Home > Uncategorized > An Ode to Cheap Books in a Former Borders

An Ode to Cheap Books in a Former Borders

An Ode to Cheap Books in a Former Borders – NYTimes.com.

Ode is a weird place.

It’s a bookstore that’s been set up in the shell of an old Borders location, and it feels like walking through an abandoned house. Where Borders sold new and shiny books, Ode is filled with used and outdated volumes. The fixtures and signage are recycled from Borders, the most obvious example being the name itself – Ode, created from letters in the Borders sign.

Signs around the store tell you about events happening at *O*DE**. Author quotes still adorn the walls, signs direct you to the (nonfunctional) cafe, and the cheery Papercraft section still invites you to shop at the front of the store.

About halfway through the store, a makeshift barricade has been formed out of bookshelves and CD racks. Behind that appears to be a work area, where people were working on transforming the store further. It really emphasized the size and scale of these stores (and perhaps their wastefulness), when you can block off half of a Borders and still feel like you have an overwhelming amount of books.

No music is being piped through the store. No colorful signs promote the latest bestsellers. The air is still, somber, and quiet. It feels like we’re not supposed to be here; like we went under some police tape and wandered into a construction area. Books are vaguely organized, but it’s hard to tell exactly what the organization scheme is; it gives you a sense that you might be able to find some hidden gem, if you look hard enough.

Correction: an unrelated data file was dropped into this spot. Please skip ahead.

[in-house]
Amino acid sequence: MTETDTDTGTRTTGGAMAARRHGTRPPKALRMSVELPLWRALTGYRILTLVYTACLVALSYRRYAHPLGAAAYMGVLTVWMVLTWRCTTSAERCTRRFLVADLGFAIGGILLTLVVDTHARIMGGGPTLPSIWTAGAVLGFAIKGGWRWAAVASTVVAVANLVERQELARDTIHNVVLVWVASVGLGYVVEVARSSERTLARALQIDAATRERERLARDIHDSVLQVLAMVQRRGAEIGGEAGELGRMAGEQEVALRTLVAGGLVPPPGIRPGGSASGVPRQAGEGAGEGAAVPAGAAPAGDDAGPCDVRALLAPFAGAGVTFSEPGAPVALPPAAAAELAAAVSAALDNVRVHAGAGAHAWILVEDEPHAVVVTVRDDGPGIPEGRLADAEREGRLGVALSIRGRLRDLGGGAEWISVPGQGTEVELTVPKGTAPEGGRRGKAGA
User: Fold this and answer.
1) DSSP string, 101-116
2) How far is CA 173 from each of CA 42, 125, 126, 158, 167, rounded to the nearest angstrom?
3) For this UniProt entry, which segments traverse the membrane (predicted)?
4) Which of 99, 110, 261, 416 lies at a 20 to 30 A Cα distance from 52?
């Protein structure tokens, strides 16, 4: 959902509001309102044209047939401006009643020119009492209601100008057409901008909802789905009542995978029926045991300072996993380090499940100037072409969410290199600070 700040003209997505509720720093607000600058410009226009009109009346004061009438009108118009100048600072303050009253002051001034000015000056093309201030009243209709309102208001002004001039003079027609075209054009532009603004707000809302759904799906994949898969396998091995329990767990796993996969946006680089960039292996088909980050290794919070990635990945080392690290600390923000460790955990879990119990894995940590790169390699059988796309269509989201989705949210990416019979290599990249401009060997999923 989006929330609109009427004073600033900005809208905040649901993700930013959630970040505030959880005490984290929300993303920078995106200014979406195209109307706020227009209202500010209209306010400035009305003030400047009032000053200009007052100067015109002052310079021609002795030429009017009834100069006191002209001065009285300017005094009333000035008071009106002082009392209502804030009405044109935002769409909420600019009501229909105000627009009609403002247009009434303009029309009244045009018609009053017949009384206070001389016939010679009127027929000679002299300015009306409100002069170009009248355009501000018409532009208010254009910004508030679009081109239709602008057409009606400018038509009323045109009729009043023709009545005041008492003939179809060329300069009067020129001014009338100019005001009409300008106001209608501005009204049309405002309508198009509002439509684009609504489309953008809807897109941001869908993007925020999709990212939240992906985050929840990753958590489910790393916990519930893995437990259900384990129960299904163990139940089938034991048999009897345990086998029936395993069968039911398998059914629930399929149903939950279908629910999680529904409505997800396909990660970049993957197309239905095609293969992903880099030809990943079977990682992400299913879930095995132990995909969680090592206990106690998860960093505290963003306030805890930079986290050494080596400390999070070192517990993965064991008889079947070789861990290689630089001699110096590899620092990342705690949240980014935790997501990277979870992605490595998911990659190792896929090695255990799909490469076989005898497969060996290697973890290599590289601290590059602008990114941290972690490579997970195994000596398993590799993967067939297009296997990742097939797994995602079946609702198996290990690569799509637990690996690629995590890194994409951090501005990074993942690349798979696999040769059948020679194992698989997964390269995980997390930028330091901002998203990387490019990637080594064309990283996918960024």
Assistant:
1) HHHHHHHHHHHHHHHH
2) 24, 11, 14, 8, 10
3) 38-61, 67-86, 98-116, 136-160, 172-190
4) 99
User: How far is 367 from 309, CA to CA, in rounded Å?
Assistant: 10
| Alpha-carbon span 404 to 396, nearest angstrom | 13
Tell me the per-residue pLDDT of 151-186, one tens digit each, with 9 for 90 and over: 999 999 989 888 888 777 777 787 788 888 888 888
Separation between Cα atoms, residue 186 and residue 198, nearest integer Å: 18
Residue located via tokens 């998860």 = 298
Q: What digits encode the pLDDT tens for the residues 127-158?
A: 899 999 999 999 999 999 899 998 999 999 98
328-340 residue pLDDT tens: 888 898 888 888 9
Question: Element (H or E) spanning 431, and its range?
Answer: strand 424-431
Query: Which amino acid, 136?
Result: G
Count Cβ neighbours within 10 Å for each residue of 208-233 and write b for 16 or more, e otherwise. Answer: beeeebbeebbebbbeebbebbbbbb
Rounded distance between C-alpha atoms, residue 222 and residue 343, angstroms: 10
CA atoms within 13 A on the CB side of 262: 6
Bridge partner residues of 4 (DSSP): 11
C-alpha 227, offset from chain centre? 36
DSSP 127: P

So, good luck, Ode. You seem doomed to fail, but at the same time, you must have been incredibly cheap to create, so the risk is worth it. It’ll be interesting to see how you develop; and whether you’ll find your own identity outside of the shadow of Borders.

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  1. February 5, 2012 at 5:24 pm

    As I told Barry, there were some new books up towards the register. It seems that Ode somehow acquired part of Borders original stock and is now selling it at deeply discounted rates, while they’ve taken in some old/used books to help flesh out the store. The back that Barry described gave me an office sort of feel.
    It was such a huge space, but it did feel very awkward. I agree with Barry that it felt like it shouldn’t be there.
    I saw great potential though. With some proper organization and better marketing/advertising, Ode could become a great book store akin to Powell’s or Bookman’s. I became slightly energized in wanting to help this place achieve some amazing possibilities. But it also looks like once the owners have sold off the Borders overstock, they might just close up. Take the profits and run so to speak.

  2. February 5, 2012 at 6:09 pm

    The article I linked to said that the stock was ‘Remaindered’ but doesn’t indicate where the new owner got it. It doesn’t feel like it’s from Borders; it doesn’t seem like they’d be keeping crates of ‘Windows 95 for Teachers’ around, but I don’t know.

    It is a good space, though, and could turn into a really nice community bookstore. If I wanted to spend a few more hours in there, I probably could have found something really interesting to read.

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